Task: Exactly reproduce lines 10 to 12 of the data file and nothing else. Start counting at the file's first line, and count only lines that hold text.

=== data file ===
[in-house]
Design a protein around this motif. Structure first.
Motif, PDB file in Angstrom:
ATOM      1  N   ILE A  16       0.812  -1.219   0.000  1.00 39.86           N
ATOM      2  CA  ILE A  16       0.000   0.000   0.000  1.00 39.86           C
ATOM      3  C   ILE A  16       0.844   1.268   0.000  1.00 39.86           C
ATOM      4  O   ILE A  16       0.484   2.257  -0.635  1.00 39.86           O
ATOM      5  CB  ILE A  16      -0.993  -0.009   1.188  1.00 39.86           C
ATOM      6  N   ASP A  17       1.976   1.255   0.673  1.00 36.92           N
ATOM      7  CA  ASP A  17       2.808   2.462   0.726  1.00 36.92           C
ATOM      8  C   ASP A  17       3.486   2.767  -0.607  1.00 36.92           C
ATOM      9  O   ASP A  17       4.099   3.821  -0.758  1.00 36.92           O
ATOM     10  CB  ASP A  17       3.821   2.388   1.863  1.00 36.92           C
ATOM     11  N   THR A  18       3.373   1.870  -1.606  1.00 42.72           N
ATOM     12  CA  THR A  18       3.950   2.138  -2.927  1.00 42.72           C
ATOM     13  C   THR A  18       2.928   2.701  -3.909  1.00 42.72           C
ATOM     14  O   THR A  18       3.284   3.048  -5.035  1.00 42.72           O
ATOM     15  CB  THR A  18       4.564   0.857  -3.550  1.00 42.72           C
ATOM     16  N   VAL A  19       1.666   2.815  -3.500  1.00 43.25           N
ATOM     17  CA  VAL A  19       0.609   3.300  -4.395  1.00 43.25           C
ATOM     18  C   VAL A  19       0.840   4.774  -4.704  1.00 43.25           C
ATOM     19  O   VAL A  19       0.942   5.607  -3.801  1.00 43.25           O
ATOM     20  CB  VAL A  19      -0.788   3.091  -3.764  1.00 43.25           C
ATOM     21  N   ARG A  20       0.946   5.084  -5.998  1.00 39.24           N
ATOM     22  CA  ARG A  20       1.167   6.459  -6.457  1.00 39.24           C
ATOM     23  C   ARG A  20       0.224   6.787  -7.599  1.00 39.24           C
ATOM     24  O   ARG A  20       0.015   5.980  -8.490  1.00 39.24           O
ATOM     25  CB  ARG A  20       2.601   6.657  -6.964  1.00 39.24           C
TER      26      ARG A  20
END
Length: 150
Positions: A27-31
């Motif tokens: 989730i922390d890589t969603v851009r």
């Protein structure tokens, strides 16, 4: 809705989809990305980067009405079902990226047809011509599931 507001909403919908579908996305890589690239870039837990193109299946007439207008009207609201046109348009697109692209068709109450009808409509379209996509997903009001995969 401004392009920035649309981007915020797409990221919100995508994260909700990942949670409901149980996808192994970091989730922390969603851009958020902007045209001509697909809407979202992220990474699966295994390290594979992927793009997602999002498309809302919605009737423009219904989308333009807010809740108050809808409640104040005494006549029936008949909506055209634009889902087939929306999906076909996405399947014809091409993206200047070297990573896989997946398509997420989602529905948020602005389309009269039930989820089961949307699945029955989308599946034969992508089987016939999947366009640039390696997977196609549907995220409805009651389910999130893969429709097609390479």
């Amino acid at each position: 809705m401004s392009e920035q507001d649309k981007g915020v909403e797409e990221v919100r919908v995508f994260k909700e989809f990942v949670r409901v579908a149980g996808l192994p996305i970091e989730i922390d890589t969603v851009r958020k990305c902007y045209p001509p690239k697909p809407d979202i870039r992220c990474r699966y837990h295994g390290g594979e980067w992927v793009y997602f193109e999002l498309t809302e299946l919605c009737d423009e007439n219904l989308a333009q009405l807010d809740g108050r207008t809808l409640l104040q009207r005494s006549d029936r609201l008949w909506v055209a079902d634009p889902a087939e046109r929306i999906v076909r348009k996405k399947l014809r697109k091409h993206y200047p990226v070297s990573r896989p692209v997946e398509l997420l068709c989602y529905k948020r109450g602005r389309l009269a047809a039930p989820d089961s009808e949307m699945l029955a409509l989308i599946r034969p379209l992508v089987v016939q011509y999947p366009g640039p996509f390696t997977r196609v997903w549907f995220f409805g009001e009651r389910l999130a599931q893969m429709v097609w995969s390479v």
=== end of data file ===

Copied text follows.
ATOM      7  CA  ASP A  17       2.808   2.462   0.726  1.00 36.92           C
ATOM      8  C   ASP A  17       3.486   2.767  -0.607  1.00 36.92           C
ATOM      9  O   ASP A  17       4.099   3.821  -0.758  1.00 36.92           O